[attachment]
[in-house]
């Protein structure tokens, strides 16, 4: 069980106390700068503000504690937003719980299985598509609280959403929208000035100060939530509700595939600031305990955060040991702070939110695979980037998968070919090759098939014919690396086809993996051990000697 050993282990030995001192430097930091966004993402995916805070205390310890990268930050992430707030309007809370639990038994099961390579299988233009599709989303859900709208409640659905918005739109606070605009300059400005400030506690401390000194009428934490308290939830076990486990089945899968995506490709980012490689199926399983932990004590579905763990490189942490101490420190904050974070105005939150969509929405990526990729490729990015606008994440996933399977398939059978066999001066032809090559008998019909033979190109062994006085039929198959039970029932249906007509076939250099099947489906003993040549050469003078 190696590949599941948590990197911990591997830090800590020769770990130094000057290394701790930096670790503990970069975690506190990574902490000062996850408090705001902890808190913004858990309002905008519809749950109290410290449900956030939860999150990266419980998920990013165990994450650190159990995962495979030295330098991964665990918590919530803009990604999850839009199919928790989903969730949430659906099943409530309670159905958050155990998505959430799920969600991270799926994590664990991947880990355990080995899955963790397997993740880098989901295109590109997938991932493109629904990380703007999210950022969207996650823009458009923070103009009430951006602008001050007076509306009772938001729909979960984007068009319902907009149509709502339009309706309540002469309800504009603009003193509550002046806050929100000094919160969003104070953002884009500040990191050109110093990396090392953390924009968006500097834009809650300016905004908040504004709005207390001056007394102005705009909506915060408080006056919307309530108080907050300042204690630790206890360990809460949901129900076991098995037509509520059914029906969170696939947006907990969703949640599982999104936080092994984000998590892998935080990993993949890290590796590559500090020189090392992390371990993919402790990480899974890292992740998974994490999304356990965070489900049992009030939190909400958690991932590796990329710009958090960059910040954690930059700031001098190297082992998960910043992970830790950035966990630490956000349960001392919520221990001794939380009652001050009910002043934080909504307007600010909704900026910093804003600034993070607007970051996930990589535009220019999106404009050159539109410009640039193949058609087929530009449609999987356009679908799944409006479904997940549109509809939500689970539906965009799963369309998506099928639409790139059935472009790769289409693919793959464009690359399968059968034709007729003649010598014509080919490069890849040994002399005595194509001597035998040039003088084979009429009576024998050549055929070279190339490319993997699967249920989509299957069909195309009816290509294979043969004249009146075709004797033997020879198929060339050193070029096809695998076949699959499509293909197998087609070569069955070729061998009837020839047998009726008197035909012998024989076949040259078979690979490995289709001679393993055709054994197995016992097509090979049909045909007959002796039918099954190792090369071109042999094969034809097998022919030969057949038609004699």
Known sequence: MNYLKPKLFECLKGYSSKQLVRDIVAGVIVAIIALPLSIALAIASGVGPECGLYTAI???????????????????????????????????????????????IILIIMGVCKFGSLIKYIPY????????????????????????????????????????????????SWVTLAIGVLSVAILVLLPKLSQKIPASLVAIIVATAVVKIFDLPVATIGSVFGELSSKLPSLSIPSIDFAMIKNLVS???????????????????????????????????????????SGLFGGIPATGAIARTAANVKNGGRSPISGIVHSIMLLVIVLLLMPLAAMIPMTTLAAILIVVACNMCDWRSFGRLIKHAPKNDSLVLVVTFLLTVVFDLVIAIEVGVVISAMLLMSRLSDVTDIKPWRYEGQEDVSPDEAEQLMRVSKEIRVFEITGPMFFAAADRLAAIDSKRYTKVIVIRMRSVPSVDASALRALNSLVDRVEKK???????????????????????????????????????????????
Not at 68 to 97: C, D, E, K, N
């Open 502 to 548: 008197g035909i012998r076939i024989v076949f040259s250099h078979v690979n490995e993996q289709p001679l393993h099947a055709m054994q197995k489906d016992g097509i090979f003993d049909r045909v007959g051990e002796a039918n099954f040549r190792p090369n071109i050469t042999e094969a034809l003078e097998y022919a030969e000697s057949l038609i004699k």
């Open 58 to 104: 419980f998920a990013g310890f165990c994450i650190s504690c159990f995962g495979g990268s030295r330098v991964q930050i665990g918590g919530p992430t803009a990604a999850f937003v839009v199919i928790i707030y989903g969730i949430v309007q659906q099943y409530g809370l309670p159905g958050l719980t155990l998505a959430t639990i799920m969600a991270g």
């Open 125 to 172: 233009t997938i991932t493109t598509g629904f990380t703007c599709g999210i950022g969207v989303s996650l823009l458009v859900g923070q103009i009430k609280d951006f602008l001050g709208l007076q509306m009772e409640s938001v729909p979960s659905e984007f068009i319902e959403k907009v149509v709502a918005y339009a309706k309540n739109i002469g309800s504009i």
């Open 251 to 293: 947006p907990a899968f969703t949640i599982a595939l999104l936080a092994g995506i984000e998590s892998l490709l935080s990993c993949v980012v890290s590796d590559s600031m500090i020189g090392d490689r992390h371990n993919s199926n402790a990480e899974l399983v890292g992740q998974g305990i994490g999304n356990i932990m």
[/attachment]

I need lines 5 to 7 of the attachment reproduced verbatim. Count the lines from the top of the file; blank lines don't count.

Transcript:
């Open 502 to 548: 008197g035909i012998r076939i024989v076949f040259s250099h078979v690979n490995e993996q289709p001679l393993h099947a055709m054994q197995k489906d016992g097509i090979f003993d049909r045909v007959g051990e002796a039918n099954f040549r190792p090369n071109i050469t042999e094969a034809l003078e097998y022919a030969e000697s057949l038609i004699k």
């Open 58 to 104: 419980f998920a990013g310890f165990c994450i650190s504690c159990f995962g495979g990268s030295r330098v991964q930050i665990g918590g919530p992430t803009a990604a999850f937003v839009v199919i928790i707030y989903g969730i949430v309007q659906q099943y409530g809370l309670p159905g958050l719980t155990l998505a959430t639990i799920m969600a991270g």
């Open 125 to 172: 233009t997938i991932t493109t598509g629904f990380t703007c599709g999210i950022g969207v989303s996650l823009l458009v859900g923070q103009i009430k609280d951006f602008l001050g709208l007076q509306m009772e409640s938001v729909p979960s659905e984007f068009i319902e959403k907009v149509v709502a918005y339009a309706k309540n739109i002469g309800s504009i």